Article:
Despite the crucial function of dendritic cells (DC) in immunity, the molecular mechanisms regulating human DC development remain poorly defined. STAT5 regulates various hematopoietic lineages and is activated by GM-CSF, a critical cytokine in DC development. In this study, we investigated the role of STAT5 during differentiation of human CD34+hematopoietic progenitors into precursor DC (pre-DC) and their subsequent differentiation toward interstitial DC and Langerhans cells. Inhibiting STAT5 activity by dominant-negative STAT5 promoted Langerhans cell commitment of hematopoietic progenitors but resulted in loss of pre-interstitial DC development, showing subset-specific regulation. Increasing the low endogenous STAT5 activity by ectopic STAT5 activation downregulated expression of the critical DC transcription factor PU.1 and abrogated commitment to either DC lineage. In contrast, high STAT5 activity was beneficial in already committed pre-DC: terminal DC differentiation was associated with increased endogenous STAT5 phosphorylation levels, JAK2-STAT5 inhibition reduced terminal DC differentiation, and conditional STAT5 activation in pre-DC improved development of BDCA-1+, DC-SIGN+, and Langerin+DC with normal maturation and T cell stimulation. These data show that STAT5 critically regulates human DC development, with specific requirements for the level of STAT5 activation at distinct differentiation stages. By regulating STAT5 activity, cytokines present at specific locations and under different pathophysiological conditions can determine the fate of DC precursors. Copyright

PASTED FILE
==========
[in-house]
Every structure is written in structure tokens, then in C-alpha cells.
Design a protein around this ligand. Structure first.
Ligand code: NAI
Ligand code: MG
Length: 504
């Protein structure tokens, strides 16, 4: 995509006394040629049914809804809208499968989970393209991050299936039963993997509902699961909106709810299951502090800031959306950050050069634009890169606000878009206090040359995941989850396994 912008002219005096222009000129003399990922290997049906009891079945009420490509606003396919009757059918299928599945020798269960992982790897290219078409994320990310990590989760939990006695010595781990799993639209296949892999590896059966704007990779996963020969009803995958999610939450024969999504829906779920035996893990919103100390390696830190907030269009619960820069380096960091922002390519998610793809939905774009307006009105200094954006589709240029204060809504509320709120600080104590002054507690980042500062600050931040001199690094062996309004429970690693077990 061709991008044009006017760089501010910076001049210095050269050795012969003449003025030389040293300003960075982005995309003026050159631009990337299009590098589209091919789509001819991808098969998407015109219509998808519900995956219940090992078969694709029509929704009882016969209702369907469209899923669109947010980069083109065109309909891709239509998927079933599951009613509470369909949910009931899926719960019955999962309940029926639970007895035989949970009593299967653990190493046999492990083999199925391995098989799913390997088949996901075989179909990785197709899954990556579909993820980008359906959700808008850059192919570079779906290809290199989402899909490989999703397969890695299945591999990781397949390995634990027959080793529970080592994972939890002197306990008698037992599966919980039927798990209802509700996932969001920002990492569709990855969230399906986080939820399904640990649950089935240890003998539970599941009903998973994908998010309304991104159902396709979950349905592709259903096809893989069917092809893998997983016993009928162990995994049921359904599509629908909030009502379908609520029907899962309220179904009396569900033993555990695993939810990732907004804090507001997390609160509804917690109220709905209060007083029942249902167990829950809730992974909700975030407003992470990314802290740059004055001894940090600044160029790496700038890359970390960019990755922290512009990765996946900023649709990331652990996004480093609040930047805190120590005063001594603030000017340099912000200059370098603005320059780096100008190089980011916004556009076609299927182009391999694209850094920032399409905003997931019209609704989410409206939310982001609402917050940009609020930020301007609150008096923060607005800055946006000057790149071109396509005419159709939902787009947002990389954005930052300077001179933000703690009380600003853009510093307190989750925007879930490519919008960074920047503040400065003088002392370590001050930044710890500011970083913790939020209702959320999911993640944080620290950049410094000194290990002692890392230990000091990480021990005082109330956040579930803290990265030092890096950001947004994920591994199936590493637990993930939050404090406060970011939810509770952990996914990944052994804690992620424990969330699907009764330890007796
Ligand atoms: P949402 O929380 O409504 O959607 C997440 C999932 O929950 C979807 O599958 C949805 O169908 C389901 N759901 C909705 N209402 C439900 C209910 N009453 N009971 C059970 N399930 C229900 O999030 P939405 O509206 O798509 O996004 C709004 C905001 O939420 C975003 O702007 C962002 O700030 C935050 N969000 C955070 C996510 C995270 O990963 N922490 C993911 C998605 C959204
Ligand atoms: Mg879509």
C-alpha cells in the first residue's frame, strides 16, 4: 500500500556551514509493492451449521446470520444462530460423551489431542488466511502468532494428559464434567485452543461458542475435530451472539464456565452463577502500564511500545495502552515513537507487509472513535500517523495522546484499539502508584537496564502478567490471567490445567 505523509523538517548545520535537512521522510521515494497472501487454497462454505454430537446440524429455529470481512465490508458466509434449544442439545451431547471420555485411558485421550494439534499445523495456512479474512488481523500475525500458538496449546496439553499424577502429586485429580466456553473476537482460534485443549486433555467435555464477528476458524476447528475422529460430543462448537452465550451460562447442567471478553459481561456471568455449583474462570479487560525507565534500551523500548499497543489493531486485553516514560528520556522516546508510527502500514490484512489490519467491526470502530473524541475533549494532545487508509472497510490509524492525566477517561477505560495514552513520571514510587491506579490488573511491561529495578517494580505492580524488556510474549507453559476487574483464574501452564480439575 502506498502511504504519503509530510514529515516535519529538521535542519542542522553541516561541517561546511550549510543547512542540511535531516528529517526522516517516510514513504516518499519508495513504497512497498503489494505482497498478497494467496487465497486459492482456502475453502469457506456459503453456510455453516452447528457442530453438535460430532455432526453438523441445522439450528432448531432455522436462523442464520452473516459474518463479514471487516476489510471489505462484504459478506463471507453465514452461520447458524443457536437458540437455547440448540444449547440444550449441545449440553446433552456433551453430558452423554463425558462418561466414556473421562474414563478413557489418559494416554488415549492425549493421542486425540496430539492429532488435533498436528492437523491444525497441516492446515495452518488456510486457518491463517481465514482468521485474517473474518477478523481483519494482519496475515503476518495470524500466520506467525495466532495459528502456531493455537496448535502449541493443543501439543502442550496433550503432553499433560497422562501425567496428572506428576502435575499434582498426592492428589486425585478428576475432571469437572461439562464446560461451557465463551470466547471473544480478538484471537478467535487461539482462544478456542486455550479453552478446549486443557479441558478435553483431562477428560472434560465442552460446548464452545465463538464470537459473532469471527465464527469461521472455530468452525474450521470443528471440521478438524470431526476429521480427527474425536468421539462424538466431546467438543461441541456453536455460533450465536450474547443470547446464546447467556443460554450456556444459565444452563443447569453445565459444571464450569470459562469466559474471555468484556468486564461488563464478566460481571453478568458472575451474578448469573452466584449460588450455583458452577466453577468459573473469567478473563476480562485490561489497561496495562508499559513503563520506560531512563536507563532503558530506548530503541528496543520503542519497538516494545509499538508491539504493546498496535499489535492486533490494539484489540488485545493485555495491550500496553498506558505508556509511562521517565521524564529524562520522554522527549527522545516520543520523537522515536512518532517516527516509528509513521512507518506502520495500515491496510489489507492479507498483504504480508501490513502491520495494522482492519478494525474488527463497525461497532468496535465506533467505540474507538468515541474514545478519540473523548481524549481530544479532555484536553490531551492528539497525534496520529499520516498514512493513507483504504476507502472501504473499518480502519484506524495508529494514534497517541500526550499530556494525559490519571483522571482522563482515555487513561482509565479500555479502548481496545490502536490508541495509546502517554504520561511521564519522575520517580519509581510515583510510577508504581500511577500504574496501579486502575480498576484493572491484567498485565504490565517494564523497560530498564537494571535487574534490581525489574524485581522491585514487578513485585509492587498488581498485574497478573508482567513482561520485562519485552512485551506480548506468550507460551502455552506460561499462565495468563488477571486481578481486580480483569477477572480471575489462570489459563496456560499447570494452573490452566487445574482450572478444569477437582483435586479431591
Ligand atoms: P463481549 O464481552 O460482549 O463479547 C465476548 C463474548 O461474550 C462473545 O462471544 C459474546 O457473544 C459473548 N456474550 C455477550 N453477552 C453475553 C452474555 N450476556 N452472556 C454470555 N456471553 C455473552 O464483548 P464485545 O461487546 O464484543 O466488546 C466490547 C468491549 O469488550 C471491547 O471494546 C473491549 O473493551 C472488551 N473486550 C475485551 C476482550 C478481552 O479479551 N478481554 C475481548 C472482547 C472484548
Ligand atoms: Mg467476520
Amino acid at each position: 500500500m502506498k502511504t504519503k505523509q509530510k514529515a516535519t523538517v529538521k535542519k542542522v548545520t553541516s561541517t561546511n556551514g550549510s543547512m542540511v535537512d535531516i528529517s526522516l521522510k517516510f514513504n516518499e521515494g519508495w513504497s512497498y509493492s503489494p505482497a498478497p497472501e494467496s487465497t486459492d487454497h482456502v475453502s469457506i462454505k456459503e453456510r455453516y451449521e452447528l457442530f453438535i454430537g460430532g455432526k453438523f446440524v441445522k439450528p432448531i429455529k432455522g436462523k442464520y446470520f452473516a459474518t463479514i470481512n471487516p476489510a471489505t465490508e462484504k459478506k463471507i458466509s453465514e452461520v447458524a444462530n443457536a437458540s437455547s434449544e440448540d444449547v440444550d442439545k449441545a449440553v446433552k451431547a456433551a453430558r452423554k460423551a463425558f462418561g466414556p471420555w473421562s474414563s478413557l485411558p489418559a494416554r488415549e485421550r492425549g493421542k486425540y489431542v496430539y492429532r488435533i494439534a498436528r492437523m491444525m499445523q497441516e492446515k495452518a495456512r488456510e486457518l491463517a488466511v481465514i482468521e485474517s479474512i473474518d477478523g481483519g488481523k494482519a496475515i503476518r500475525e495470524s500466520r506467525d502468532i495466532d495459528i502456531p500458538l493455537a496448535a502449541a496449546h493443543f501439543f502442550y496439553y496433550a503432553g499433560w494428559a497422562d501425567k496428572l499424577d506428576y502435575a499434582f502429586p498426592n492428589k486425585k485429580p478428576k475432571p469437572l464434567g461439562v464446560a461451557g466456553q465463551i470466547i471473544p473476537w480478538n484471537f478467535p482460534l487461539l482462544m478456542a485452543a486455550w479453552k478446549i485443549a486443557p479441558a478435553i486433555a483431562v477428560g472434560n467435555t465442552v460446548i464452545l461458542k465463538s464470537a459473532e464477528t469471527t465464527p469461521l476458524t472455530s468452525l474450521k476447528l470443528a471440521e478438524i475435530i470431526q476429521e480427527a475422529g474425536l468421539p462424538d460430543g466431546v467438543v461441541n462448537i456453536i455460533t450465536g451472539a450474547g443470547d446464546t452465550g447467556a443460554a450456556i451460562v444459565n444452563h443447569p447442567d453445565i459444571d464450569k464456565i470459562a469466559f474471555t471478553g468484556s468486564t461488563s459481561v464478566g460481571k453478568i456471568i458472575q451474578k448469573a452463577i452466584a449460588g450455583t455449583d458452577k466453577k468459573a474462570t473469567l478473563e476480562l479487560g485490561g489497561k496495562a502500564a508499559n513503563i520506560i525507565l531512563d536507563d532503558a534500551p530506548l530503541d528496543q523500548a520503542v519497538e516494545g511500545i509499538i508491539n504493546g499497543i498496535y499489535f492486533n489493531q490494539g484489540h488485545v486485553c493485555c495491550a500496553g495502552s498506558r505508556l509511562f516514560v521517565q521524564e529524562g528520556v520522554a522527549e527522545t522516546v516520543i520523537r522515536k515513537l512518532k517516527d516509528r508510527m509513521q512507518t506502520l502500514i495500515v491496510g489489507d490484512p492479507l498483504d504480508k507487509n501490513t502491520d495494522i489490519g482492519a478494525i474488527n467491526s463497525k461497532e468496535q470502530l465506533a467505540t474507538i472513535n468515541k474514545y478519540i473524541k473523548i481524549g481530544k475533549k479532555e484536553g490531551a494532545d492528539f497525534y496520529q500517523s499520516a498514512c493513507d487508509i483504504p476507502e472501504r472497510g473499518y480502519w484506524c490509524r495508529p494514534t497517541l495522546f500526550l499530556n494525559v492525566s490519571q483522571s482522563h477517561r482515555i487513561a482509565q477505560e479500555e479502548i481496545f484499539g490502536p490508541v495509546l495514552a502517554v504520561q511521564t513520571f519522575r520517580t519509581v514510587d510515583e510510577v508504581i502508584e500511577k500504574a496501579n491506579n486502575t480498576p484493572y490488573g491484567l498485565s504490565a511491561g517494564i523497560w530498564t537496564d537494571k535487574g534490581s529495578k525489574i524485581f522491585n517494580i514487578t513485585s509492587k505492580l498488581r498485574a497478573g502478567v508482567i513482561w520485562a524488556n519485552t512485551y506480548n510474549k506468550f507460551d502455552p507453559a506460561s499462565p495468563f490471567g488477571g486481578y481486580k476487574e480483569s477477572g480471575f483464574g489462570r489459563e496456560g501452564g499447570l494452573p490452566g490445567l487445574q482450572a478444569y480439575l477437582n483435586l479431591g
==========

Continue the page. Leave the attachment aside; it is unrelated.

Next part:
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Journal Journal of Immunology
van de Laar, L, van den Bosch, A, Wierenga, A.T.J, Janssen, H.L.A, Coffer, P.J, & Woltman, A.M. (2011). Tight control of STAT5 activity determines human CD34-derived interstitial dendritic cell and langerhans cell development. Journal of Immunology, 186(12), 7016–7024. doi:10.4049/jimmunol.1003977